We’re all familiar with the phenomenon of firewalls between security agencies or branches of the military, but that’s ridiculous. The explanation?

Heinonen [suggested that] missile engineers . . . were ordered to redesign the older Shahab-3 model before the decision was made by the missile program to switch to a newer missile and warhead design, and that it couldn’t change its work plan once it was decided. . . . Heinonen’s explanation assumes that the Iranian military ordered an engineer to organize a team to redesign the warhead on its secret intermediate-range ballistic missile to accommodate a nuclear weapon but kept them in the dark about its plans to replace the Shahab-3 in favor of a completely new and improved model.

You can be forgiven if you find that far-fetched. Especially since

. . . the reason for the shift to the new missile . . . was that the Shahab-3 [which dates from the ] early to mid-1990s, had a range of only 800 to 1,000 km [compared to the new missile which has a range of] 1,500 to 1,600 kilometers, bringing Israel within the reach of an Iranian missile for the first time.

In other words, what would the Iranian military want with an underpowered missile? Porter then points out what should be obvious — and, in the process, demonstrates that the “alleged studies” were only looked over by those “allegedly studying.”

The implausibility of the suggestion that a group organized to redesign the . . .warhead would not have been working with the new warhead underlines the tortuous thinking that must be used to avoid an obvious conclusion: the warhead schematics are fraudulent.

Before we get to who’s behind the alleged studies, we’ll excerpt Porter’s summary of the fraud.

The authors of the laptop documents left a trail of indicators that reveal their fraudulent character. Because of their ignorance of some key facts about the Iranian nuclear program and their effort to ensure that the documents would have the desired political effect, they made a series of errors. This investigation of all the available data related to the laptop documents found eight indicators of fraud.

Among them, as noted above (emphasis added)

The warhead schematics shown in the documents were based on a design that had already been abandoned by the Iranian military in favor of a new and improved design.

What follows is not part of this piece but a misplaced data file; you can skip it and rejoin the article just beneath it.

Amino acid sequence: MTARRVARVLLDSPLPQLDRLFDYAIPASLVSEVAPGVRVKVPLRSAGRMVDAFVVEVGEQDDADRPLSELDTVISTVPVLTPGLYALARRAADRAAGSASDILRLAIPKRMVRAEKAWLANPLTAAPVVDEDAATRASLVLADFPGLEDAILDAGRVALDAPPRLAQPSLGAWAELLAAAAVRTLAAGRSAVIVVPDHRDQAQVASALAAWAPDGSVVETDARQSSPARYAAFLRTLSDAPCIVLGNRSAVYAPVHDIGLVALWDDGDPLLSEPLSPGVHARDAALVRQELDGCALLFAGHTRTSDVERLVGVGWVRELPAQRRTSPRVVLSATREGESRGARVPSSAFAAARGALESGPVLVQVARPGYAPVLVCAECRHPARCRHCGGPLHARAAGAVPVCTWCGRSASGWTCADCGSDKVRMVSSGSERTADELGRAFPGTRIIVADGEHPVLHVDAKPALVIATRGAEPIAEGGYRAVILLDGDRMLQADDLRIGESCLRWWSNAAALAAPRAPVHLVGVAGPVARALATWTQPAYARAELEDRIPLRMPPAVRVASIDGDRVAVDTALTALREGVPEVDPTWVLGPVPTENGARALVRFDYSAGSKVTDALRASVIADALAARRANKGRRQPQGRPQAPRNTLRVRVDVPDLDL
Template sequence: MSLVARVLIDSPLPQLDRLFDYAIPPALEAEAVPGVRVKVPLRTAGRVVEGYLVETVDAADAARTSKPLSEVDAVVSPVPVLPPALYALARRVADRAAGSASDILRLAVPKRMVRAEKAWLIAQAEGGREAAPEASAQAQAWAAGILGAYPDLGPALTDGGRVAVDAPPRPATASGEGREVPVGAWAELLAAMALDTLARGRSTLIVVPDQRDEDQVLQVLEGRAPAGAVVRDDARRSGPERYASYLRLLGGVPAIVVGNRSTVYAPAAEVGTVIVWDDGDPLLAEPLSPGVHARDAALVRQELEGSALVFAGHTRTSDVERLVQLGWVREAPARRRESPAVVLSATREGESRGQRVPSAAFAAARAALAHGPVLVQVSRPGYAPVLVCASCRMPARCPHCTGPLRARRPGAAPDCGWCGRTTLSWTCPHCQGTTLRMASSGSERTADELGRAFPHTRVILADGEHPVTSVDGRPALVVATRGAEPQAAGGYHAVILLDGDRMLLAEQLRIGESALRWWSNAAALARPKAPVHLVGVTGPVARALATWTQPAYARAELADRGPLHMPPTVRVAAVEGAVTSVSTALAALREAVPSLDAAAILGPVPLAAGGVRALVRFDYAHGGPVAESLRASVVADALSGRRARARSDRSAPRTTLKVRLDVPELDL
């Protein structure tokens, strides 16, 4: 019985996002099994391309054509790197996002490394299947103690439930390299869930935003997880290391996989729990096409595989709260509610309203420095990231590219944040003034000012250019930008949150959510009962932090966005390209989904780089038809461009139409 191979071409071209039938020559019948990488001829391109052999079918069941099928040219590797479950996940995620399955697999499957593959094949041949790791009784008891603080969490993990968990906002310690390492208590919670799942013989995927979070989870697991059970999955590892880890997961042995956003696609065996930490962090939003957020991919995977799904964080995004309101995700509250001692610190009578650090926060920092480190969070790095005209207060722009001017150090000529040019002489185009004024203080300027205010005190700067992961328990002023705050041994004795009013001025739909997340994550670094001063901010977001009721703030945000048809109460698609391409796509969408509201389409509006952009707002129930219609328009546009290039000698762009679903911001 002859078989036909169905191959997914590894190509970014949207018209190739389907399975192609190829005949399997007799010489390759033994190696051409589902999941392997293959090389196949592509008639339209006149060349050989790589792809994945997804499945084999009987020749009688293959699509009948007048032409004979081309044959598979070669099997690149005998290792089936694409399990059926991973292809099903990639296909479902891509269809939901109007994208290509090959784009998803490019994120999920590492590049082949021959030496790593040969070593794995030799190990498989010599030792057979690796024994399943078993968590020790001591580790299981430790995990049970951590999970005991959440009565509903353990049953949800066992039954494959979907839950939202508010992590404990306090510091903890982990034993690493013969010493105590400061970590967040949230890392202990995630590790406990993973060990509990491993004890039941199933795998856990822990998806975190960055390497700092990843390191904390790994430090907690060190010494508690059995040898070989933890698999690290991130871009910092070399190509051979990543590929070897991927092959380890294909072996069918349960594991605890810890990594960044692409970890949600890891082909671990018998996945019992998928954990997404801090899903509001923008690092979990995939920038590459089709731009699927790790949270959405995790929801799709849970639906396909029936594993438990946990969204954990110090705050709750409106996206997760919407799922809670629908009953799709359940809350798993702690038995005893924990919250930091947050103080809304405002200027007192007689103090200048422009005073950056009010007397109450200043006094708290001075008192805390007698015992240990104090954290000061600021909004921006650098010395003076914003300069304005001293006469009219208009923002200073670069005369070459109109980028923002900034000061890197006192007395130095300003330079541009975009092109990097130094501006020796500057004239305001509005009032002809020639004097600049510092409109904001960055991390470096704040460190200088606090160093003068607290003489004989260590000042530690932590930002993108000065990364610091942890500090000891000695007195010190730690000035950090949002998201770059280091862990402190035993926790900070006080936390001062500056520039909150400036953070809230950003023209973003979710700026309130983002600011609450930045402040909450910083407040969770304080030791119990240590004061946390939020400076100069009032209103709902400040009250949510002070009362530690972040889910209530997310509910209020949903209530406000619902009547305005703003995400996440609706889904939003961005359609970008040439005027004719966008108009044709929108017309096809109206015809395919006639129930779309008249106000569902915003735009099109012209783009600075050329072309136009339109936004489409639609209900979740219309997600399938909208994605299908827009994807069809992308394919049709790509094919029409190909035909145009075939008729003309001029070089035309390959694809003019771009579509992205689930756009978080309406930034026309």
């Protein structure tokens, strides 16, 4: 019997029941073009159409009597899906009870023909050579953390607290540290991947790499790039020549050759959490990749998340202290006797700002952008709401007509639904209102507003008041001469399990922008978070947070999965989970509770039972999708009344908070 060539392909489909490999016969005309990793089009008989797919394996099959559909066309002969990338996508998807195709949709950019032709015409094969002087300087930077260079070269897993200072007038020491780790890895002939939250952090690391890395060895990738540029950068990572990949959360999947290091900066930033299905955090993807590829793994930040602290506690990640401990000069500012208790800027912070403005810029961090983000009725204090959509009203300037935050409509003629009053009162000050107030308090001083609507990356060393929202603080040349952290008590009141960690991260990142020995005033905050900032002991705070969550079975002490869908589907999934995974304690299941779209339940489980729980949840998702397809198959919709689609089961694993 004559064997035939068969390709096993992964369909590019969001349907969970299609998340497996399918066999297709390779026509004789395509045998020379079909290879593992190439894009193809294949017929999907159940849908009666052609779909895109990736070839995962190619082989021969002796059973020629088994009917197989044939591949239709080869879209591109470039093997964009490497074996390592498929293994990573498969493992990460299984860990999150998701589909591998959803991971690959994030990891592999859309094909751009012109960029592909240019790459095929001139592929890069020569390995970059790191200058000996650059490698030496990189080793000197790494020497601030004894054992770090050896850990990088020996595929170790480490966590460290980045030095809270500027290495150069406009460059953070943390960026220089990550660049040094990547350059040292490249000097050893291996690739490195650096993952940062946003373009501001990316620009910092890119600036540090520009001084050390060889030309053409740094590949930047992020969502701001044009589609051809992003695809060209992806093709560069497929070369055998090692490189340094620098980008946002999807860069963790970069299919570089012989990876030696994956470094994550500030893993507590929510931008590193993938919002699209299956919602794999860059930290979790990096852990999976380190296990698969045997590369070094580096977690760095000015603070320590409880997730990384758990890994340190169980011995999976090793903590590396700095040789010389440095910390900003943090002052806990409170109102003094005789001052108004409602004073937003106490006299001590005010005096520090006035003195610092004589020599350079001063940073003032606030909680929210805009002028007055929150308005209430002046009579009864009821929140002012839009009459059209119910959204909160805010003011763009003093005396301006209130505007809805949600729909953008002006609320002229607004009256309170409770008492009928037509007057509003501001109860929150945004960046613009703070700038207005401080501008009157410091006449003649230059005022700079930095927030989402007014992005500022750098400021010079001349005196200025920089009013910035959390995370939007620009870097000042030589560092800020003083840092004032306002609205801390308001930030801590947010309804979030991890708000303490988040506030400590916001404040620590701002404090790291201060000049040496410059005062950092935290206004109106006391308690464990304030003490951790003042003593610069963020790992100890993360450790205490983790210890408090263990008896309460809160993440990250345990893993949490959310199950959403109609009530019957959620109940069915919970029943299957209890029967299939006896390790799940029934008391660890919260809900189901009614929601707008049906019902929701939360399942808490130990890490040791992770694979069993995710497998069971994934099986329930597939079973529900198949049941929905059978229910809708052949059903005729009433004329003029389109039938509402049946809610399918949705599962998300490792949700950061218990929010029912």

The premise . . . that the military would have taken responsibility for work on uranium conversion — is highly implausible. The work on a different technology had already been done by civilians under the AEOI [Atomic Energy Organization of Iran] over a period of more than a decade.


The idea that Kimia Maadan [a private company] that had done nothing beyond completing a flow sheet outlining a process for uranium conversion would have been authorized to immediately begin making concrete plans for equipping such a facility without going through a lengthy stage of testing the technology depicted in the flow sheet. . . . is highly implausible.

Especially damning:

The fact that the IAEA does not know whether the original laptop documents had official stamps and security classification markings . . . . can be regarded as prima facie evidence of fraud.

As for who

According to the story, the files were smuggled out of Iran by the wife of an Iranian who had been recruited by Germany’s Federal Intelligence Service. . . . But there is evidence that the laptop documents were brought to the U.S. consulate in Turkey by someone affiliated with . . . the Mujahideen-e-Khalq (MEK) . . . a terrorist organization that had killed both Iranian and U.S. civilians in the past.

Israeli authors Yossi Melman and Meir Javadanfar reported, “A way to ‘launder’ information from Western intelligence to the IAEA was found so that agencies and their sources could be protected. Information is ‘filtered’ to the IAEA via Iranian opposition groups [such as MEK]. [Its] involvement . . in the laptop episode and Israel’s past use of the [MEK] for this purpose point to Israel as the original source of the documents.

Returning to Iraq, rote, dogged repetition in the service of war-mongering carried the day. One must pay grudging tribute to Israel as well. Its campaign against Iran, equal to that against Iraq in implausibility and even more slipshod, has been successful in turning public sentiment against Iran, if not yet in convincing American authorities of the need for hostilities.

Meanwhile, we all owe Gareth Porter a debt of gratitude for ripping the curtain on the pettiness of this deception. Shame on us if we allow such wisps carry us away on the winds of war.

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One Response to Whipping Wisps Into Storm Clouds: Iran and the “Alleged Studies”

  1. Paul Rosenberg says:

    If Not Fraud…

    There is, of course, an alternative to the strong conclusion that these documents are outright frauds: a weaker conclusion that they could be from some relatively isolated, out-of-power clique. The Iranian equivalent of Gaffney and Rumsfeld during the Clinton years, reduced to ill-informed speculation with no pretense of official cover. Such a group might well be far enough out of the loop to account for the inconsistencies that Gareth meticulously works his way through.

    Of course the possibility of this is relatively slight. But if it were the case, then there’s the further possibility that our willful misreading of these documents as part of the official Iranian military program could ironically turn into a self-fulfilling prophecy: our crazies and their crazies empowering one another to the detriment of everyone else concerned–not to mention hundreds of millions of innocent bystanders.